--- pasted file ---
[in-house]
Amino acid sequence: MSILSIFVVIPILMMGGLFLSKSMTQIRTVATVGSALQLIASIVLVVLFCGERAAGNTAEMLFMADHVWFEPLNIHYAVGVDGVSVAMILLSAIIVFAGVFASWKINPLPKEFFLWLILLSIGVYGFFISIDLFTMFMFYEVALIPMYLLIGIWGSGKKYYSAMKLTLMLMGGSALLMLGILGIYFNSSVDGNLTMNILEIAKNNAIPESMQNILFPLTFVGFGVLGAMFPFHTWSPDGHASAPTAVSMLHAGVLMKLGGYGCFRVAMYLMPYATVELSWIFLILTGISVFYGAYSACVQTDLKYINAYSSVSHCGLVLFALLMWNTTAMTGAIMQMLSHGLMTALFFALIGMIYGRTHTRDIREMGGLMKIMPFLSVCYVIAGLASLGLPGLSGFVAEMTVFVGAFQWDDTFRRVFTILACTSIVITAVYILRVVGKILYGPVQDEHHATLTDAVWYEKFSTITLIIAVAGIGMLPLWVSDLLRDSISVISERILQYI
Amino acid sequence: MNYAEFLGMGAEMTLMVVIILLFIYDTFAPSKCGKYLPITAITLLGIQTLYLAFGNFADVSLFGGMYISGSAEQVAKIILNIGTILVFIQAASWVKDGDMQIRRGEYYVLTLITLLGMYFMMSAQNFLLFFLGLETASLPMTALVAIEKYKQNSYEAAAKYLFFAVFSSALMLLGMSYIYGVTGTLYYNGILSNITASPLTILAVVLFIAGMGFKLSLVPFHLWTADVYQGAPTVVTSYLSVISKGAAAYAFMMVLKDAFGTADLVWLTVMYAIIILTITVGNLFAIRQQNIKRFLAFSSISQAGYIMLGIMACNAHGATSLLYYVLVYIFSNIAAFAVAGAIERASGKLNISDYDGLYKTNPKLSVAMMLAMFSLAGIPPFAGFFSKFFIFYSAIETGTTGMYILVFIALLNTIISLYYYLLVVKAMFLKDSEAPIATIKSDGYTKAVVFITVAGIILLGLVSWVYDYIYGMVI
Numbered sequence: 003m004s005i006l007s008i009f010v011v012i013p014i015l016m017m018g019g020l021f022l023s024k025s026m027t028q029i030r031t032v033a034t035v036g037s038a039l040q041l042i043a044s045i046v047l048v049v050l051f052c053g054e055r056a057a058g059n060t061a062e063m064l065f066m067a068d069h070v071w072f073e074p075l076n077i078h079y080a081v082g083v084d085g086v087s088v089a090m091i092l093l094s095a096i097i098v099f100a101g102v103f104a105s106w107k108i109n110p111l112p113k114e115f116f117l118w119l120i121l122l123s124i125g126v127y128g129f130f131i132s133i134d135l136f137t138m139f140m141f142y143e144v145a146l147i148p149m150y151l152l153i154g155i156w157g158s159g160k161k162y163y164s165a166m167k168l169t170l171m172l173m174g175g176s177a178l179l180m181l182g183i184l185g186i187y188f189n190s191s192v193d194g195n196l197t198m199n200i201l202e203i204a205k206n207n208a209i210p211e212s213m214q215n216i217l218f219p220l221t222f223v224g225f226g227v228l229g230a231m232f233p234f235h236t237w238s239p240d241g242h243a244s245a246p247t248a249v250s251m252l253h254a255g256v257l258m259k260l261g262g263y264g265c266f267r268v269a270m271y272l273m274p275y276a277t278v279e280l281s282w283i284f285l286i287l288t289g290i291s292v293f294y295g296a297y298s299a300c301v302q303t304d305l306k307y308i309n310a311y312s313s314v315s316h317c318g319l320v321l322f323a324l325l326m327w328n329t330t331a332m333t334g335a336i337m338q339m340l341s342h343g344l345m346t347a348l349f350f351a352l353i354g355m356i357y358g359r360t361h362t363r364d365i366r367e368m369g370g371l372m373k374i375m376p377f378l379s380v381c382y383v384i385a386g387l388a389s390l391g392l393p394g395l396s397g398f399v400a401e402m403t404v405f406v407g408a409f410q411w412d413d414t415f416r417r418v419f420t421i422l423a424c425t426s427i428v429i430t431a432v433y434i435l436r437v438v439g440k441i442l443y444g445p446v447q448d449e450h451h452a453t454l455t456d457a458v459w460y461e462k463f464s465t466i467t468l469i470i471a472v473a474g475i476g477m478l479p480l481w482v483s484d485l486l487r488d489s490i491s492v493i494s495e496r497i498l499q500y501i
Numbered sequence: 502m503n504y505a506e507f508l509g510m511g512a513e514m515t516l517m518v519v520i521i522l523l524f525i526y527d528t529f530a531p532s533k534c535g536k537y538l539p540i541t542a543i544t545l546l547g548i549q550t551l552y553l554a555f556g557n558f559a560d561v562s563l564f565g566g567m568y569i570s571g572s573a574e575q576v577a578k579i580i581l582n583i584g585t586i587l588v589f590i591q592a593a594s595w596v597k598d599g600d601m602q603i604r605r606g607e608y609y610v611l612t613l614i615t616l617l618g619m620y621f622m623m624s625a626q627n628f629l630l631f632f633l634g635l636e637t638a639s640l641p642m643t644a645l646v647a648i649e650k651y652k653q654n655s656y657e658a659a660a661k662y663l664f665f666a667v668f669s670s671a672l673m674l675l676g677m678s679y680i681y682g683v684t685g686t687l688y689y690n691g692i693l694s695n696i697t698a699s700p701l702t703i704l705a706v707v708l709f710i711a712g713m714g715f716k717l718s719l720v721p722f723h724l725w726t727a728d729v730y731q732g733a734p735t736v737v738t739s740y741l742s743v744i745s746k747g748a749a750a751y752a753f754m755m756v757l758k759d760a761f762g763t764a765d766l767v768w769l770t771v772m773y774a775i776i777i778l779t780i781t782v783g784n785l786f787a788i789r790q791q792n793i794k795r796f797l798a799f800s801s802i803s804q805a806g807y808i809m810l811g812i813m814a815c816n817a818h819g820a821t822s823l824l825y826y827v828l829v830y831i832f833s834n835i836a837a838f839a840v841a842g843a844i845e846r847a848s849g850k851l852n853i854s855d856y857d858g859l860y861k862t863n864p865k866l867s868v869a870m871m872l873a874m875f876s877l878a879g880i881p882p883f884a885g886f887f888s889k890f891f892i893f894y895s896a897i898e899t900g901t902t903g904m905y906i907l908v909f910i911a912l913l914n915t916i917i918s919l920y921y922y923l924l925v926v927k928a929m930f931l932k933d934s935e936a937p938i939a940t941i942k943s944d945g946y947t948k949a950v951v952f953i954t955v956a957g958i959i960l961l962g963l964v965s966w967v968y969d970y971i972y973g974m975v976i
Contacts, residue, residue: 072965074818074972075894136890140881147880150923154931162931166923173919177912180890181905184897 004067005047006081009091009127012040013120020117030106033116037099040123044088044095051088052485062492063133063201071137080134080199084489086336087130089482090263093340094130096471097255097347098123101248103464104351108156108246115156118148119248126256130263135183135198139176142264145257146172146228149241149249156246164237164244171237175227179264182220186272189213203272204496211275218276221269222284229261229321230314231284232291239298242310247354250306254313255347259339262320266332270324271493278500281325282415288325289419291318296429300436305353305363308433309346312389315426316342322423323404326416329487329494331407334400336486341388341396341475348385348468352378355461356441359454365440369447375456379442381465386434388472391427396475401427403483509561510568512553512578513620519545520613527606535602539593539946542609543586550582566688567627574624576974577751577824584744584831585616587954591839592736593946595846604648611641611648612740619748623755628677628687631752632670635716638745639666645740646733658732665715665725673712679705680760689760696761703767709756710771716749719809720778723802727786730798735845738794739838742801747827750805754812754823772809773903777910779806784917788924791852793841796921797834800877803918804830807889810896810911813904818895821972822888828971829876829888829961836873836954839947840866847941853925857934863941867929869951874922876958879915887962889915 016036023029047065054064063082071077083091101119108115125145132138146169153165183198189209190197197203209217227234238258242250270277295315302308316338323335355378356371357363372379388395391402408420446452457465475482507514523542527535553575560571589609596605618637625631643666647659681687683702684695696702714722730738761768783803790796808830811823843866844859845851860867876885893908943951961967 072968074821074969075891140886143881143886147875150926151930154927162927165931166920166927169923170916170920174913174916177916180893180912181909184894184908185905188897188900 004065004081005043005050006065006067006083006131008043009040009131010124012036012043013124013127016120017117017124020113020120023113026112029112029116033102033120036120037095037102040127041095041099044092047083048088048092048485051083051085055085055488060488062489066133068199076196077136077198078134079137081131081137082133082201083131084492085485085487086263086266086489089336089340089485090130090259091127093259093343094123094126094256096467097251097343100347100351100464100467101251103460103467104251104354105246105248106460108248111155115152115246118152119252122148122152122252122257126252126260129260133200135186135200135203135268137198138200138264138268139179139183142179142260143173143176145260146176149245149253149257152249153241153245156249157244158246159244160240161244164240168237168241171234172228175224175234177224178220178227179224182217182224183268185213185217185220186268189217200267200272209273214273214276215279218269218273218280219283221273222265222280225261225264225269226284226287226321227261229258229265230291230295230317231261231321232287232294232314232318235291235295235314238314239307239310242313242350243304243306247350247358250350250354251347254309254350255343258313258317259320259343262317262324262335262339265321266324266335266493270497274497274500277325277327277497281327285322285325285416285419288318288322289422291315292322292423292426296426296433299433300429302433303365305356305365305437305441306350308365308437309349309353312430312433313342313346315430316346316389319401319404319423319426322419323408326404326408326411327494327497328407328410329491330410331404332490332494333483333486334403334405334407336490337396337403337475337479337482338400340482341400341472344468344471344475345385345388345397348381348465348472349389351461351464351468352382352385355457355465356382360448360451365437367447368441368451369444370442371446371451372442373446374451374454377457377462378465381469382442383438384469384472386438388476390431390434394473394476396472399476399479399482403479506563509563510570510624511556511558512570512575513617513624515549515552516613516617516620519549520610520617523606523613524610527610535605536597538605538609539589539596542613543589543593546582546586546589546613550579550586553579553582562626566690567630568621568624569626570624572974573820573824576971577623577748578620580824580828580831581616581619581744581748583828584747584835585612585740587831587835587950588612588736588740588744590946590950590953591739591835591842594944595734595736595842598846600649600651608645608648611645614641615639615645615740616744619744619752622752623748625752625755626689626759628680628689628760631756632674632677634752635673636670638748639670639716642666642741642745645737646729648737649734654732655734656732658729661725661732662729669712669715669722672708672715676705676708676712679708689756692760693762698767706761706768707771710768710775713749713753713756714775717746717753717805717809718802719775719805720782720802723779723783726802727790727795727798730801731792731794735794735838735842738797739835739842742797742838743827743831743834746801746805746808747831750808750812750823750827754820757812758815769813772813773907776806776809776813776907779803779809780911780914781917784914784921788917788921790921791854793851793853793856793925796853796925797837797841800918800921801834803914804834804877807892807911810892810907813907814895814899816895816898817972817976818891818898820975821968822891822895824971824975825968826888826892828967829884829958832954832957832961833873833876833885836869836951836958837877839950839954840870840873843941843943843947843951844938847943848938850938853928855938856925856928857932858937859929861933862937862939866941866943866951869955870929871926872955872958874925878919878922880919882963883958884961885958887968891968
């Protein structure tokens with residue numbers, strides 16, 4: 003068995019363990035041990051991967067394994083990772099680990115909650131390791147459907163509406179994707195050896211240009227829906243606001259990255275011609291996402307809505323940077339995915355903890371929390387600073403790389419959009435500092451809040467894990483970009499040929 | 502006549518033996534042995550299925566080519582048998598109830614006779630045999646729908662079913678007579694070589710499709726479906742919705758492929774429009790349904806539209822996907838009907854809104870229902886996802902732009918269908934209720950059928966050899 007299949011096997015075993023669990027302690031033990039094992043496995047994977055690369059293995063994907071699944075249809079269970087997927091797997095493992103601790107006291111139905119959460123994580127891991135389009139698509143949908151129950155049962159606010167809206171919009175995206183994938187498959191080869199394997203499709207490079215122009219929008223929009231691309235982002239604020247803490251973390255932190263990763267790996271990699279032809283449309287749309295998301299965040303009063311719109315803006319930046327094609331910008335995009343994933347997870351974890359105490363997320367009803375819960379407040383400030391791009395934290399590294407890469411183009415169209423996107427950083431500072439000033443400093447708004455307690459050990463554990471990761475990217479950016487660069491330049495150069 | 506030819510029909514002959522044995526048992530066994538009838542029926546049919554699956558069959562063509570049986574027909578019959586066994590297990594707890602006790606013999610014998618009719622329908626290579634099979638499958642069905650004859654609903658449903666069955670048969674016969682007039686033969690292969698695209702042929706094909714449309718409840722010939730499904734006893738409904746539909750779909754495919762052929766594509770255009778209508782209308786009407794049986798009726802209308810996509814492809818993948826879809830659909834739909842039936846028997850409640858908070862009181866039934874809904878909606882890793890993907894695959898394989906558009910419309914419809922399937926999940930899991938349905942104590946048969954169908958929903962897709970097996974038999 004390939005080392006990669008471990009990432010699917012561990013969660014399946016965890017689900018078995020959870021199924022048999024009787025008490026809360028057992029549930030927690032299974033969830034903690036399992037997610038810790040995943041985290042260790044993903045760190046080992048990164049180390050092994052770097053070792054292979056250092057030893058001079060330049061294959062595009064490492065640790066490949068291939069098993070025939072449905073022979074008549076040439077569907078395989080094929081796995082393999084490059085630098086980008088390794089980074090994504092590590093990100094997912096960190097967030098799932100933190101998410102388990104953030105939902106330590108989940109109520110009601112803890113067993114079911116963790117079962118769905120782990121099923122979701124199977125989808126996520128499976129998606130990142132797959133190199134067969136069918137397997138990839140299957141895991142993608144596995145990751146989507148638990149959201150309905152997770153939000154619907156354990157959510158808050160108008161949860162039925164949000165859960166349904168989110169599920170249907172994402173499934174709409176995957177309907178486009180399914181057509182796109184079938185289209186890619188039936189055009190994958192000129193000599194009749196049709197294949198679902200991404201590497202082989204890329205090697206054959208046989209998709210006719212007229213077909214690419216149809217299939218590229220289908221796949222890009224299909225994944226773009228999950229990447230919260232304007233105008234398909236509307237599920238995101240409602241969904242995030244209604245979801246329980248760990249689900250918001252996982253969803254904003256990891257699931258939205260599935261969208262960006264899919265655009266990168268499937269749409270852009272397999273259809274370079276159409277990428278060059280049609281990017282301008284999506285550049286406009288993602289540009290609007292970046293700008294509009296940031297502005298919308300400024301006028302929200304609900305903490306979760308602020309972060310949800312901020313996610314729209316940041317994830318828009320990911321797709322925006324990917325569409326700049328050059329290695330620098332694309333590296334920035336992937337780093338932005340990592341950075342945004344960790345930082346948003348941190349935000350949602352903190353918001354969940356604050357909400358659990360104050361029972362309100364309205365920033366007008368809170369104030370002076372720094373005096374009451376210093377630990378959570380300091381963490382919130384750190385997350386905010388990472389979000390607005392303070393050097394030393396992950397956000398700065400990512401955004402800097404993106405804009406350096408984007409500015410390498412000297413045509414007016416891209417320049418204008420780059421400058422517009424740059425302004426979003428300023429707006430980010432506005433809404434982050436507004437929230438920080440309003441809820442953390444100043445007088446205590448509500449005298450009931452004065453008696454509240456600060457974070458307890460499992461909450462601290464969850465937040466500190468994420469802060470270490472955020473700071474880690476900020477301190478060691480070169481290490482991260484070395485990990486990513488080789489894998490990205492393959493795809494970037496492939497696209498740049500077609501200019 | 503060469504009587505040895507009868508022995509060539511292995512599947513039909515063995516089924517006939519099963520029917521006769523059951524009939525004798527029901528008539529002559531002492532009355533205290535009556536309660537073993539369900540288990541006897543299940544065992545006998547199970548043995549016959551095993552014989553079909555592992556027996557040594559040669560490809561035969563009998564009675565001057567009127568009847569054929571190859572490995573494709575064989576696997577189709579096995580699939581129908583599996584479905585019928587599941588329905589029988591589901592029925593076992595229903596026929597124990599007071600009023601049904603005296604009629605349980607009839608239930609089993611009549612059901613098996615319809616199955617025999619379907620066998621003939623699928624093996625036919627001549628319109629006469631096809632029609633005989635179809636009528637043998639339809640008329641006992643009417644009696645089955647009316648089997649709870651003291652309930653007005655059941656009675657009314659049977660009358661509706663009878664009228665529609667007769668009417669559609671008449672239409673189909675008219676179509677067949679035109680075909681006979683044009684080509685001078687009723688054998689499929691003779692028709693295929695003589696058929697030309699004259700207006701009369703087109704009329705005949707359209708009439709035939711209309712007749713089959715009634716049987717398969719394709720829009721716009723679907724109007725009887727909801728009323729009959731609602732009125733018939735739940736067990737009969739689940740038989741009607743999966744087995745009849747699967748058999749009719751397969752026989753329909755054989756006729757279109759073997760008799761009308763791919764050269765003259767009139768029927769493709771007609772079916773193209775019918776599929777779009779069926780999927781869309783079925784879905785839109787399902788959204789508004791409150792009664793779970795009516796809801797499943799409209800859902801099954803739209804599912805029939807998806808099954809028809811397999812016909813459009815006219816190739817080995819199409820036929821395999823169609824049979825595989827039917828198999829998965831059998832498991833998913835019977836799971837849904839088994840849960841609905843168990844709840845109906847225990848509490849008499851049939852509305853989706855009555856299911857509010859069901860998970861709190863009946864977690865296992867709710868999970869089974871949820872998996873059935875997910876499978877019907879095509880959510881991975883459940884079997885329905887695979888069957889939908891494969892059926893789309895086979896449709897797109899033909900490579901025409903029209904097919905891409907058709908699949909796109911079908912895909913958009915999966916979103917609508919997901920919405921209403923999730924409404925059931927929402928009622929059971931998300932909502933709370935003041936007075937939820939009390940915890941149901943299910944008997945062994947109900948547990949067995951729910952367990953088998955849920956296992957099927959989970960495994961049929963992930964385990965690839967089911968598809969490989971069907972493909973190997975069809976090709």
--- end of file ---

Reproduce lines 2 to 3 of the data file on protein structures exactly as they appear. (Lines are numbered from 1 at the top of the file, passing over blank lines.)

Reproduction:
Amino acid sequence: MSILSIFVVIPILMMGGLFLSKSMTQIRTVATVGSALQLIASIVLVVLFCGERAAGNTAEMLFMADHVWFEPLNIHYAVGVDGVSVAMILLSAIIVFAGVFASWKINPLPKEFFLWLILLSIGVYGFFISIDLFTMFMFYEVALIPMYLLIGIWGSGKKYYSAMKLTLMLMGGSALLMLGILGIYFNSSVDGNLTMNILEIAKNNAIPESMQNILFPLTFVGFGVLGAMFPFHTWSPDGHASAPTAVSMLHAGVLMKLGGYGCFRVAMYLMPYATVELSWIFLILTGISVFYGAYSACVQTDLKYINAYSSVSHCGLVLFALLMWNTTAMTGAIMQMLSHGLMTALFFALIGMIYGRTHTRDIREMGGLMKIMPFLSVCYVIAGLASLGLPGLSGFVAEMTVFVGAFQWDDTFRRVFTILACTSIVITAVYILRVVGKILYGPVQDEHHATLTDAVWYEKFSTITLIIAVAGIGMLPLWVSDLLRDSISVISERILQYI
Amino acid sequence: MNYAEFLGMGAEMTLMVVIILLFIYDTFAPSKCGKYLPITAITLLGIQTLYLAFGNFADVSLFGGMYISGSAEQVAKIILNIGTILVFIQAASWVKDGDMQIRRGEYYVLTLITLLGMYFMMSAQNFLLFFLGLETASLPMTALVAIEKYKQNSYEAAAKYLFFAVFSSALMLLGMSYIYGVTGTLYYNGILSNITASPLTILAVVLFIAGMGFKLSLVPFHLWTADVYQGAPTVVTSYLSVISKGAAAYAFMMVLKDAFGTADLVWLTVMYAIIILTITVGNLFAIRQQNIKRFLAFSSISQAGYIMLGIMACNAHGATSLLYYVLVYIFSNIAAFAVAGAIERASGKLNISDYDGLYKTNPKLSVAMMLAMFSLAGIPPFAGFFSKFFIFYSAIETGTTGMYILVFIALLNTIISLYYYLLVVKAMFLKDSEAPIATIKSDGYTKAVVFITVAGIILLGLVSWVYDYIYGMVI